44overview of all the relevant features of libunwind and how \CFA uses them to
     45implement its exception handling.
    2746
    2847\section{libunwind Usage}
    29 
    30 \CFA uses two primary functions in libunwind to create most of its
    31 exceptional control-flow: @_Unwind_RaiseException@ and
    32 @_Unwind_ForcedUnwind@.
    33 Their operation is divided into two phases: search and clean-up. The search
    34 phase -- phase 1 -- is used to scan the stack but not unwinding it. The
    35 clean-up phase -- phase 2 -- is used for unwinding.
     48\CFA uses two primary functions in libunwind to create most of its exceptional
     49control-flow: @_Unwind_RaiseException@ and @_Unwind_ForcedUnwind@.  Their
     50operation is divided into two phases: search and clean-up. The search phase --
     51phase 1 -- is used to scan the stack but not unwinding it. The clean-up phase
     52-- phase 2 -- is used for unwinding.
    3653
    3754The raise-exception function uses both phases. It starts by searching for a
     
    4461A personality function performs three tasks, although not all have to be
    4562present. The tasks performed are decided by the actions provided.
    46 @_Unwind_Action@ is a bitmask of possible actions and an argument of
    47 this type is passed into the personality function.
     63@_Unwind_Action@ is a bitmask of possible actions and an argument of this type
     64is passed into the personality function.
    4865\begin{itemize}
    49 \item@_UA_SEARCH_PHASE@ is passed in search phase and tells the
    50 personality function to check for handlers. If there is a handler in this
    51 stack frame, as defined by the language, the personality function should
    52 return @_URC_HANDLER_FOUND@. Otherwise it should return
    53 @_URC_CONTINUE_UNWIND@.
    54 \item@_UA_CLEANUP_PHASE@ is passed in during the clean-up phase and
    55 means part or all of the stack frame is removed. The personality function
    56 should do whatever clean-up the language defines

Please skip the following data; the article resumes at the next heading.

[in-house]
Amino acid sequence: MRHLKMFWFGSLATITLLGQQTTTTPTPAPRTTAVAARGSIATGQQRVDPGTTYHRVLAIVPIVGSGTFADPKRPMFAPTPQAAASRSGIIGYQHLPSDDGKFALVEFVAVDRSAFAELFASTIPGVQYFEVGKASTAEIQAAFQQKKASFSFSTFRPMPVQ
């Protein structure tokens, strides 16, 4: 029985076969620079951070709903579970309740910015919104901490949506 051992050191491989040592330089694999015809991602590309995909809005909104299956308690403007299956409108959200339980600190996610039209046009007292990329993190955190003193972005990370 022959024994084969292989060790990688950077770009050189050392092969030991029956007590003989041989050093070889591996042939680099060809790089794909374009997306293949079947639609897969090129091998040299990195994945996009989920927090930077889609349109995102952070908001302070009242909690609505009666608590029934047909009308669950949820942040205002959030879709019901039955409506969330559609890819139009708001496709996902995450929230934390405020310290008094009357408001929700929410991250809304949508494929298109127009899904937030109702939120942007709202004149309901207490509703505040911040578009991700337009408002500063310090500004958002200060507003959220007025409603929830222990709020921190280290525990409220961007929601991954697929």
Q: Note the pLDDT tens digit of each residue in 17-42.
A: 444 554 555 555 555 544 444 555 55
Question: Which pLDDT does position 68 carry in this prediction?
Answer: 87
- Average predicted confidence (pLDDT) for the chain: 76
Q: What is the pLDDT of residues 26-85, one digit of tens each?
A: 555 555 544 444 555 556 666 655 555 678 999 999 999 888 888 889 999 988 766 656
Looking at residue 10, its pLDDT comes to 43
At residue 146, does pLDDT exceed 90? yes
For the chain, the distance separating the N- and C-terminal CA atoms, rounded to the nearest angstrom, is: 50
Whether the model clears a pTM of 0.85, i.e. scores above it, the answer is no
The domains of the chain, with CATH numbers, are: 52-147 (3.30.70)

57 (such as running destructors/finalizers) and then generally returns
    58 @_URC_CONTINUE_UNWIND@.
    59 \item@_UA_HANDLER_FRAME@ means the personality function must install
    60 a handler. It is also passed in during the clean-up phase and is in addition
    61 to the clean-up action. libunwind provides several helpers for the personality
    62 function here. Once it is done, the personality function must return
    63 @_URC_INSTALL_CONTEXT@.
     66\item
     67\begin{sloppypar}
     68@_UA_SEARCH_PHASE@ is passed in for the search phase and tells the personality
     69function to check for handlers. If there is a handler in a stack frame, as
     70defined by the language, the personality function returns @_URC_HANDLER_FOUND@;
     71otherwise it return @_URC_CONTINUE_UNWIND@.
     72\end{sloppypar}
     73\item
     74@_UA_CLEANUP_PHASE@ is passed in during the clean-up phase and means part or
     75all of the stack frame is removed. The personality function does whatever
     76clean-up the language defines (such as running destructors/finalizers) and then
     77generally returns @_URC_CONTINUE_UNWIND@.
     78\item
     79@_UA_HANDLER_FRAME@ means the personality function must install a handler. It
     80is also passed in during the clean-up phase and is in addition to the clean-up
     81action. libunwind provides several helpers for the personality function. Once
     82it is done, the personality function returns @_URC_INSTALL_CONTEXT@.
    6483\end{itemize}
    65 The personality function is given a number of other arguments. Some are for
    66 compatability and there is the @struct _Unwind_Context@ pointer which
    67 passed to many helpers to get information about the current stack frame.
     84The personality function is given a number of other arguments. Some arguments
     85are for compatibility, and there is the @struct _Unwind_Context@ pointer which
     86is passed to many helpers to get information about the current stack frame.
    6887
    69 Forced-unwind only performs the clean-up phase. It takes three arguments:
    70 a pointer to the exception, a pointer to the stop function and a pointer to
    71 the stop parameter. It does most of the same things as phase two of
    72 raise-exception but with some extras.
    73 The first it passes in an extra action to the personality function on each
    74 stack frame, @_UA_FORCE_UNWIND@, which means a handler cannot be
     88For cancellation, forced-unwind only performs the clean-up phase. It takes
     89three arguments: a pointer to the exception, a pointer to the stop function and
     90a pointer to the stop parameter. It does most of the same actions as phase two
     91of raise-exception but passes in an extra action to the personality function on
     92each stack frame, @_UA_FORCE_UNWIND@, which means a handler cannot be